Before World War II's end, it was difficult to predict how US national-security thinkers would come to rely on police in the coming decades, favoring efficient and diligent constabulary forces to ensure order in far-flung but strategically important former colonies in Asia and Africa and the republics of Latin America. Du Bois and thinkers like him realized that even if the United States did not replicate prior colonialisms, the challenges to existing forms of domination posed by popular anticolonial insurgencies were likely to modify US racial hegemony. Decentralized US technical assistance would constitute an imperialism without imperialists that did not require staffing distant jurisdictions with white supremacist colonial officers, because local police would protect the emergent discretionary empire. This new situation matched the fortunes of white supremacy at home, which would be slowly remolded toward a "racism without racists": persistent patterns of inequality no longer legitimated by open avowals of bigotry. The American Century was supposed to usher in a new epoch of peace and freedom, with European tyrannies vanquished, but Du Bois and others observed that the United States, the rising steward of a remade global order, was itself captive to its own color line, which prevented it from achieving "rational and progressive" democracy.
Police, who had been so deeply responsible for enforcing the color line, would now, after 1945, become the instruments of the spread of a color-blind Americanism abroad. In his Philadelphia ward, Du Bois recalled, the "police were our government," not guarantors of the safety of Black people. The same had been true of the European colonies, too, and would be of US client states. But this enrollment of the police apparatus into a new imperial situation of social hierarchy not necessarily determined by color changed the relationship of police activity and racial formation, modulating the dimensions of rule, while also requiring renovation of the apparatus itself. Sheer racial repression and subjugation would be combined with more subtle and constructive forms of pacification and subject formation. These efforts relied on the conscription of darker peoples into their own racial management.
THE CIA AND THE GLOBAL COLOR LINE
In 1948, CIA analysts also saw race and decolonization as shaping the predicament US global power faced. A CIA paper, "The Break-Up of the Colonial Empires and Its Implications for US Security," argued that the European colonial system had emerged from World War II badly damaged and was likely to disintegrate further, creating "a power vacuum in the Near and Far East" that the United States would not necessarily be able to fill. Obstacles to the formation of alliances between the United States and Europe's former colonies were manifold. The new nations would likely align politically to act along coalition lines, based on ethno-religious solidarities and shared economic aspirations. Among the chief hurdles to easy conciliation between the new nations and the United States was "racial antagonism": Japan's successes in the Russo-Japanese war and World War II had "punctured the myth of white superiority," and "a deep-seated racial hostility of native populations toward their white overlords" had "taken the form of a reaction against 'white superiority.'?" This reaction was to the advantage of the Soviet Union, which maintained "an assimilative racial policy" and could "represent itself to colonial peoples as largely Asiatic," thereby avoiding "the resentment of colored toward white peoples." In contrast, "US treatment of its Negroes, powerfully played up by Soviet propaganda, embarrasses the US on this issue."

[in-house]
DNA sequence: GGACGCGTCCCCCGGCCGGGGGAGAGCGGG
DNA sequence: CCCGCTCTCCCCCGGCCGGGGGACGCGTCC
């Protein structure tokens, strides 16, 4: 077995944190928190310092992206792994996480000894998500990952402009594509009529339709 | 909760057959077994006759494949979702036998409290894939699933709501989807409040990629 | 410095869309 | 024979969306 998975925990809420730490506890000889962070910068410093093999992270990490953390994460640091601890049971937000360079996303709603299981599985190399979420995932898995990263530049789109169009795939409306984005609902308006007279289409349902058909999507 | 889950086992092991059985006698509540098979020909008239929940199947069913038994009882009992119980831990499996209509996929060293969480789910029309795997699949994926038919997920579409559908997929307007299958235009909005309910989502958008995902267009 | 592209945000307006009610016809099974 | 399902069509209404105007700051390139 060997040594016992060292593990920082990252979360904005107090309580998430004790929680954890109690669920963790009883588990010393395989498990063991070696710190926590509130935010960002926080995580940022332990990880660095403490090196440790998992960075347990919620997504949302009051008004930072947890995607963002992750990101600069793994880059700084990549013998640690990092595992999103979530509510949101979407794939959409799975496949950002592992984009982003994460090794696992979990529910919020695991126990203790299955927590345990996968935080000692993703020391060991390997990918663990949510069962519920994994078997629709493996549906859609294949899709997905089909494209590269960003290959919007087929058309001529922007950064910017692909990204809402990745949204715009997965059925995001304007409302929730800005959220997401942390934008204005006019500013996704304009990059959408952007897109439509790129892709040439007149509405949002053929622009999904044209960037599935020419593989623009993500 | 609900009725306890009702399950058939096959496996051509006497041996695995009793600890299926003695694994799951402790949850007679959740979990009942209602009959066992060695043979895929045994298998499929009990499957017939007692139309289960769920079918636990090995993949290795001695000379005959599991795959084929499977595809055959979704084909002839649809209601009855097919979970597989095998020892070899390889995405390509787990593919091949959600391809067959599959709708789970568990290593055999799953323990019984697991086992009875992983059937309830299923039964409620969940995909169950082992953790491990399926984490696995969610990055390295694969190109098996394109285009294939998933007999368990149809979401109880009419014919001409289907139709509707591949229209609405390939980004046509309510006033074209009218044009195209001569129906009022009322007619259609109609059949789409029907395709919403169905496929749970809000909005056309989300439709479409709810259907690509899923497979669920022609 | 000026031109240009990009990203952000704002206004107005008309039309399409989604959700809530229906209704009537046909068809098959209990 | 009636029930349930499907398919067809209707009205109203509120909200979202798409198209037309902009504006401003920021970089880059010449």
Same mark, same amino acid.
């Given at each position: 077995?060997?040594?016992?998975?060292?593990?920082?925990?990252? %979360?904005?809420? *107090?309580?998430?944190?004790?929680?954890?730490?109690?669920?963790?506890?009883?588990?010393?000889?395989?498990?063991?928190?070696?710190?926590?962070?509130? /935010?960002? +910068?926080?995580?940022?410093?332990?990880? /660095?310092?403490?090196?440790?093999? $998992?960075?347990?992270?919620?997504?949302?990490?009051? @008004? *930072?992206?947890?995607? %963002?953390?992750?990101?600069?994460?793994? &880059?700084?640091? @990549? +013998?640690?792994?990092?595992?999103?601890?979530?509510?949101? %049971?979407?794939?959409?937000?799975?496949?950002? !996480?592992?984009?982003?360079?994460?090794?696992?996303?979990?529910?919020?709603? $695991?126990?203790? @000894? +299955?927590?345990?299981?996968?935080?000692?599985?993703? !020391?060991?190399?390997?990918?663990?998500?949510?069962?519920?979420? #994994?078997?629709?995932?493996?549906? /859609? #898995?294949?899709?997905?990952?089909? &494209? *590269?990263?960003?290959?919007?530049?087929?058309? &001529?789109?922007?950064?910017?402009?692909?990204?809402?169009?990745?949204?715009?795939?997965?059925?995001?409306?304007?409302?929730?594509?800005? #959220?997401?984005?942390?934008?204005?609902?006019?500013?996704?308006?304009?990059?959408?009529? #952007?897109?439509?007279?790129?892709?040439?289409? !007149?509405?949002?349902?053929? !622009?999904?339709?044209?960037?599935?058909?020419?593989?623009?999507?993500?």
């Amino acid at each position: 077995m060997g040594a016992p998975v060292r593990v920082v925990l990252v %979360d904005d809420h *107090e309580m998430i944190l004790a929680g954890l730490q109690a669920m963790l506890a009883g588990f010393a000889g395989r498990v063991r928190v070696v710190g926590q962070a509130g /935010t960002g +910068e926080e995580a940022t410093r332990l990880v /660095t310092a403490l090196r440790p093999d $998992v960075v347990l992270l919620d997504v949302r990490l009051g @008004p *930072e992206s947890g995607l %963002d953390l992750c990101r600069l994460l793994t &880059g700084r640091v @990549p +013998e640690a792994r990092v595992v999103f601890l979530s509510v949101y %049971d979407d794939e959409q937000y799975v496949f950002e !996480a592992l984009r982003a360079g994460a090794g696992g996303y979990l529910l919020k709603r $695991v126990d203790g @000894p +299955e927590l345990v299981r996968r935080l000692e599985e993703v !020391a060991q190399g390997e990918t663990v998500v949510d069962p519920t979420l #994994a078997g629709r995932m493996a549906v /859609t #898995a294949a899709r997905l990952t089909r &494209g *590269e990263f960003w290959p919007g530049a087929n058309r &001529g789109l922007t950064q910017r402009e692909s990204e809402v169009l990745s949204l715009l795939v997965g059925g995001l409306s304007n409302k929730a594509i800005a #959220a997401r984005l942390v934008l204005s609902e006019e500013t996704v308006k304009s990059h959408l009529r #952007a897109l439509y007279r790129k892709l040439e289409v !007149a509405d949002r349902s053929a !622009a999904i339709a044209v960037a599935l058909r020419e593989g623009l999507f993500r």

After fostering an ideology of self-government, Washington risked charges of hypocrisy if it supported European powers struggling to hold on to their remaining colonies, the CIA analysis cautioned. "US encouragement of colonial self-determination and economic development may itself incur the charge of US imperialism and run the risk of alienating the colonial powers," but "the US may be unable to afford to let its policy on colonial issues be swayed by the colonial powers if such support of its allies tends to alienate the dependent peoples and other non-European countries." A generation of political leaders and intellectuals in the new nations confirmed this CIA analysis, among them Kwame Nkrumah and Walter Rodney.